Maeda et al. (2009) have reported the crystal structure of the gap junction channel formed by human connexin 26 (Cx26, also known as GJB2) at 3.5 Å resolution. The density map showed the two membrane-spanning hemichannels and the arrangement of the four transmembrane helices of the six protomers forming each hemichannel. The hemichannels feature a postively charged cytoplasmic entrance, a funnel, a negatively charged transmembrane pathway, and an extracellular cavity. The pore is narrowed at the funnel, which is formed by the six amino-terminal helices lining the wall of the channel, which thus determines the molecular size restriction at the channel entrance. The structure of the Cx26 gap junction channel also has implications for the gating of the channel by the transjunctional voltage (Nakagawa et al., 2010). The N-terminal half of connexin 46 appears to contain the core elements of the pore and voltage gates (Kronengold et al., 2012). 

Research has revealed a multilevel platform via which connexins (Cxs) and pannexins (Panxs) can influence the following cellular functions within a tissue: (1) Cx gap junctional channels (GJCs) enable direct cell-cell communication of small molecules, (2) Cx hemichannels and Panx channels can contribute to autocrine/paracrine signaling pathways, and (3) different structural domains of these proteins allow for channel-independent functions, such as cell-cell adhesion, interactions with the cytoskeleton, and the activation of intracellular signaling pathways. Decrock et al. 2015 discuss their multifaceted contributions to brain development and specific processes in the NGVU, including synaptic transmission and plasticity, glial signaling, vasomotor control, and blood-brain barrier integrity in the mature CNS. Connectosomes, cell-derived lipid vesicles that contain functional gap junction channels and encapsulate molecular cargos, have been used to deliver cargos such as drugs into the cytoplasm of a cell (Gadok et al. 2016).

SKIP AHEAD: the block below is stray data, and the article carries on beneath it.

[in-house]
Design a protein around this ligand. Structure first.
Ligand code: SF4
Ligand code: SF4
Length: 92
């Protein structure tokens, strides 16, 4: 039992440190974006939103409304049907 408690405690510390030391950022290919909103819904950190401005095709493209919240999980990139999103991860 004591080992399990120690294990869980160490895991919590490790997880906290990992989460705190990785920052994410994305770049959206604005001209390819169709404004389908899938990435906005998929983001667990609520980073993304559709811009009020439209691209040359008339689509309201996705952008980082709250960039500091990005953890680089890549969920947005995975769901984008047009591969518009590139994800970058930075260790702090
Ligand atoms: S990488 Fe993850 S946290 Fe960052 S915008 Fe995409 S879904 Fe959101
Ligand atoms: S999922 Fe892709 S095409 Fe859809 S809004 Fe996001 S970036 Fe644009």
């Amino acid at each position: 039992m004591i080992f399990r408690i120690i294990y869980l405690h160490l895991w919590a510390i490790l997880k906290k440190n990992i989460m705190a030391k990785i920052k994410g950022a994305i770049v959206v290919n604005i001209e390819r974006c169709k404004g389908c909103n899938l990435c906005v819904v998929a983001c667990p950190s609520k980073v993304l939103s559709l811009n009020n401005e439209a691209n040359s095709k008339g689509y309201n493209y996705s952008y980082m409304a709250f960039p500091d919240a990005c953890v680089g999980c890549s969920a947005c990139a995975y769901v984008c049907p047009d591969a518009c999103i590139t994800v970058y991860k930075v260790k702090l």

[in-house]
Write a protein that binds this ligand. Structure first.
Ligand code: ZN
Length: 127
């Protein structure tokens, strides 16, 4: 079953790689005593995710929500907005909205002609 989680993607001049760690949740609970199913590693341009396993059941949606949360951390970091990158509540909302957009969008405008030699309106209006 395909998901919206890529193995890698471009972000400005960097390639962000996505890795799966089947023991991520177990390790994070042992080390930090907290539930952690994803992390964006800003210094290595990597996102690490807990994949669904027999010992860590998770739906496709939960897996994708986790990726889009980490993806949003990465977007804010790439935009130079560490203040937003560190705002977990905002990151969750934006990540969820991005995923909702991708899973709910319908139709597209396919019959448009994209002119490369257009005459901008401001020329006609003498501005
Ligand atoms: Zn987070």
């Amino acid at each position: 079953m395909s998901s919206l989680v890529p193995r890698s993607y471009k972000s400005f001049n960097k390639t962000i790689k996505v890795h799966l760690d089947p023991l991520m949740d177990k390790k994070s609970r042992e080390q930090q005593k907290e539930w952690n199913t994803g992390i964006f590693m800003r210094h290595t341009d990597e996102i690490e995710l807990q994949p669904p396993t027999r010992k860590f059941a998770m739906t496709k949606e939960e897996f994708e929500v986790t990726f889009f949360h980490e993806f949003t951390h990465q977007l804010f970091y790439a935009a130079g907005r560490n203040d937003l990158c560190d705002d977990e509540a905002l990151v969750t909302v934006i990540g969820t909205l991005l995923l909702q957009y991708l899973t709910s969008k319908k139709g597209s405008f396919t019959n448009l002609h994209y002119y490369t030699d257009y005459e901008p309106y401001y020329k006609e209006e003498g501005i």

Connexins (Cx) contain both highly ordered domains (i.e., 4 transmembrane domains) and primarily unstructured regions (i.e., N- and C-terminal domains). The C-terminal domains vary in length and amino acid composition from the shortest on Cx26 to the longest on Cx43. With the exception of Cx26, the C-terminal domains contain multiple sites for posttranslational modification (PTM) including serines (S), threonines (T), and tyrosines (Y) for phosphorylation as well as cysteines (C) for S-nitrosylation. These PTMs are critical for regulating cellular localization, protein-protein interactions, and channel functionality (Lohman et al. 2016).

Fatty acids (FAs) have effects on connexin- and pannexin-based channels. FAs regulate diverse cellular functions, including the activities of connexin (Cx) and Panx channels which form hexameric hemichannels (HCs), which assemble into dodecameric gap junction channels (GJCs).  It has been shown that FAs decrease GJC-mediated cell-cell communication. Changes in GJCs mediated by FAs have been associated with post-translational modifications (e.g., phosphorylation), and seem to be directly related to chemical properties of FAs (Puebla et al. 2017).